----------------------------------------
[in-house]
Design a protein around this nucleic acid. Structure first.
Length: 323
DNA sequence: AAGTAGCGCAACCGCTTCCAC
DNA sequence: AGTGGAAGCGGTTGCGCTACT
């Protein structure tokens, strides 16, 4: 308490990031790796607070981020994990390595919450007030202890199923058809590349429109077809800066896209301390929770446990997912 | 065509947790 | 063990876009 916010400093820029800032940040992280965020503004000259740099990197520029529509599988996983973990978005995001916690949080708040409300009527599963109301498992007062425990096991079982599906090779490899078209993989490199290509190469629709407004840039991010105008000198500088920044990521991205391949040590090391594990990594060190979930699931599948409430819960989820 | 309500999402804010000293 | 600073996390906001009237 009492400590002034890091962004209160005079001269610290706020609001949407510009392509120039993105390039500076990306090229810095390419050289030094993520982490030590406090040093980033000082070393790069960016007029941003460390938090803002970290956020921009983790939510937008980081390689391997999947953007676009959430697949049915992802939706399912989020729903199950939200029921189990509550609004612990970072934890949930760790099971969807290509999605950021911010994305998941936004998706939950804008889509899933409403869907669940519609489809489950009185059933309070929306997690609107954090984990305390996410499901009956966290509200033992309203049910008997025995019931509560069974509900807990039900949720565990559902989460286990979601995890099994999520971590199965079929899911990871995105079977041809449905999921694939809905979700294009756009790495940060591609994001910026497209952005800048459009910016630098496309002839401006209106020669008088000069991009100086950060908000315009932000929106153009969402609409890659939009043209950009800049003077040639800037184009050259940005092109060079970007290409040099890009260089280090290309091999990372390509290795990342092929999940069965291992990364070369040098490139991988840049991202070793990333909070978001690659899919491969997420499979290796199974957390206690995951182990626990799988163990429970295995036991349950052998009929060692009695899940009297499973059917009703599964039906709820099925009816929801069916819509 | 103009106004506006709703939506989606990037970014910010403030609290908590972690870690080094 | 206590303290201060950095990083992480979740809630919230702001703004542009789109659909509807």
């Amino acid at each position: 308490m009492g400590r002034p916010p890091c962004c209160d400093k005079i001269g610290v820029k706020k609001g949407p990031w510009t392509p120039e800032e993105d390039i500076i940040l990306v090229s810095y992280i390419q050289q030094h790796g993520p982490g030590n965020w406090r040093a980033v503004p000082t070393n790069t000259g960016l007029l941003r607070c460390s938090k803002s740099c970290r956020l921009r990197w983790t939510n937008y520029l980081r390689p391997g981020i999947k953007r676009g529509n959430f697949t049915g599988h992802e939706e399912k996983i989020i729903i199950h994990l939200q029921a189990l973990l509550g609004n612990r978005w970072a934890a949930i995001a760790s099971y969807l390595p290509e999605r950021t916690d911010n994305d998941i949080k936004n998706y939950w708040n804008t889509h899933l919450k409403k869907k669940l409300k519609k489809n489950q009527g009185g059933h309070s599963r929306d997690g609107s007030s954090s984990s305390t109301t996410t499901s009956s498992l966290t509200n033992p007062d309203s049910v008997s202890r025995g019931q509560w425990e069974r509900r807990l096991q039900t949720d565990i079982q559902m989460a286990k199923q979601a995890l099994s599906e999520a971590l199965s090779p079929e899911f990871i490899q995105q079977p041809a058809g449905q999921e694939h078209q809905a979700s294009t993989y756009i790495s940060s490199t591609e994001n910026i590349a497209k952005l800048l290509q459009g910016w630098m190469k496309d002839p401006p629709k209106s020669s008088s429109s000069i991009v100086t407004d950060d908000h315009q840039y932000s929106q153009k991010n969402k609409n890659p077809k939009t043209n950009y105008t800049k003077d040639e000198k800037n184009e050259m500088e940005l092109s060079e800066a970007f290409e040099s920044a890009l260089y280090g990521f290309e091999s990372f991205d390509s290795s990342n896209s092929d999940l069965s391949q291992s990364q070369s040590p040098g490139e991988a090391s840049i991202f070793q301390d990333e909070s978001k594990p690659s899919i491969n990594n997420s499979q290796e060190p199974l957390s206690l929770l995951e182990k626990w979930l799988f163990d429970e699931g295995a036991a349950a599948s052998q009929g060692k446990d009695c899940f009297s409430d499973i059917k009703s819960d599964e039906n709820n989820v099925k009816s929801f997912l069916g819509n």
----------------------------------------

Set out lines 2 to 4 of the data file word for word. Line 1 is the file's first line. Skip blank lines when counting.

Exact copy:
Design a protein around this nucleic acid. Structure first.
Length: 323
DNA sequence: AAGTAGCGCAACCGCTTCCAC